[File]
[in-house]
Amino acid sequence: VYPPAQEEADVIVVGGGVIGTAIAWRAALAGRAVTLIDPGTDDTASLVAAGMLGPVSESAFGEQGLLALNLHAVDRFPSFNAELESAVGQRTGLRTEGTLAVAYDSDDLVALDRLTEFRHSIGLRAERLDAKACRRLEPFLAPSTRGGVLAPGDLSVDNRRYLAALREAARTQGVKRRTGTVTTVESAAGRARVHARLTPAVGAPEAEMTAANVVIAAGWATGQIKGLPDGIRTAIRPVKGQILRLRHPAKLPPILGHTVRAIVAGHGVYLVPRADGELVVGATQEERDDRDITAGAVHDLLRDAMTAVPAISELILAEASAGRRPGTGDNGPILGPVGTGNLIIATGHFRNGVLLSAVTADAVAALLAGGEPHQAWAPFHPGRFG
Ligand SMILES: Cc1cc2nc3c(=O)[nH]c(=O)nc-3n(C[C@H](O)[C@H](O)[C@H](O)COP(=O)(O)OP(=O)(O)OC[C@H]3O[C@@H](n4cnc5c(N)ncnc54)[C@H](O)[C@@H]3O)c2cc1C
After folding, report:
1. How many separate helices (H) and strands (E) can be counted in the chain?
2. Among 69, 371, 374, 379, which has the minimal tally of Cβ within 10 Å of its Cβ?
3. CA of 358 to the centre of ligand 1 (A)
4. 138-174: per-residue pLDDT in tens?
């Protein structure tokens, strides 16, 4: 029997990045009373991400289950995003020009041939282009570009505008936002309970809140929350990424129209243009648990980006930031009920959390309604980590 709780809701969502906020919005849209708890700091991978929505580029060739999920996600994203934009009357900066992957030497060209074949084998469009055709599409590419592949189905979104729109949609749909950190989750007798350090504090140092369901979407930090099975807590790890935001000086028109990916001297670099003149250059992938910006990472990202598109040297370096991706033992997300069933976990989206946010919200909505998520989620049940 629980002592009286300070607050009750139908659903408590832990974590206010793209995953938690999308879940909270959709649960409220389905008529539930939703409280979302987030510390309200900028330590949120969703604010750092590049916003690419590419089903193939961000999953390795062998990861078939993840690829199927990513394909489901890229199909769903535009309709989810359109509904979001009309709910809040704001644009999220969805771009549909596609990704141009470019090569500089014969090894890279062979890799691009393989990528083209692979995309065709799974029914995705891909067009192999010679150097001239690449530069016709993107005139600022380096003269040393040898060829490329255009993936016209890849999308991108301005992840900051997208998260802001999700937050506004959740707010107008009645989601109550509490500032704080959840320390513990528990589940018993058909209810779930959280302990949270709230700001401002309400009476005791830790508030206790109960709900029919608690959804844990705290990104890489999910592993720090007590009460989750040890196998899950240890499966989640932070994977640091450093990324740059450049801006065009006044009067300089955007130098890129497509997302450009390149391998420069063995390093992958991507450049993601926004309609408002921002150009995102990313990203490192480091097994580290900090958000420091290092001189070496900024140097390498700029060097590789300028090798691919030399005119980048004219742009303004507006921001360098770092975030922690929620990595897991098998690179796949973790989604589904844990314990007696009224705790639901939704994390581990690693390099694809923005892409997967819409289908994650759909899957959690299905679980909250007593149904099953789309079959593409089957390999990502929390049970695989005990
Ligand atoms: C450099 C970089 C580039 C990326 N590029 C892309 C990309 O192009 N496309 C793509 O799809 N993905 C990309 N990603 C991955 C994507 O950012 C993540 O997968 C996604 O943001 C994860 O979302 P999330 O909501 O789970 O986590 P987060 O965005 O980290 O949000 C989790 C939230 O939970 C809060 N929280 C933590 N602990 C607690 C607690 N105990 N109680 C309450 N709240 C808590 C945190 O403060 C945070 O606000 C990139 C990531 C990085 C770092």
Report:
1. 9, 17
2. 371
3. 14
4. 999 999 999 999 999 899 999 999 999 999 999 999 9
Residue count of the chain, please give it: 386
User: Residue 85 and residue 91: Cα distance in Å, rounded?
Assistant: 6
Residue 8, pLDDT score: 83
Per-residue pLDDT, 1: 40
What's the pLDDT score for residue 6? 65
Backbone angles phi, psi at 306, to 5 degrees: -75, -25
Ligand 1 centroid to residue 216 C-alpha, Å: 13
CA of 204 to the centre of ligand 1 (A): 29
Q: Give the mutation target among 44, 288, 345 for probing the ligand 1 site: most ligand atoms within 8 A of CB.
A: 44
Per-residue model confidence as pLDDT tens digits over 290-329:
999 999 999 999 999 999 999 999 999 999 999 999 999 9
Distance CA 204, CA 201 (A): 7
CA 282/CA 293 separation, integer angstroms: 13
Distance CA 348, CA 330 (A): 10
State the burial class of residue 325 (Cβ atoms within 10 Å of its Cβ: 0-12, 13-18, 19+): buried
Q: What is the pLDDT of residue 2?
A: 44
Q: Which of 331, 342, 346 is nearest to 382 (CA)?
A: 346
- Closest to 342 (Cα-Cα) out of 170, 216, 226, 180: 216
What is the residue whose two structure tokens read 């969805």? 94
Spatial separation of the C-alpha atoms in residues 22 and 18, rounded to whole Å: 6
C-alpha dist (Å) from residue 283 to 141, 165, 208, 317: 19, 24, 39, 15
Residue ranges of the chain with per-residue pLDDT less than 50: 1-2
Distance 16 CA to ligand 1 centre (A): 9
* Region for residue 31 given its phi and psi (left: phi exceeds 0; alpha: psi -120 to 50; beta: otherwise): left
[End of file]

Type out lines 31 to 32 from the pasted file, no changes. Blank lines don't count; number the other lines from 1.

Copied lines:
Distance CA 348, CA 330 (A): 10
State the burial class of residue 325 (Cβ atoms within 10 Å of its Cβ: 0-12, 13-18, 19+): buried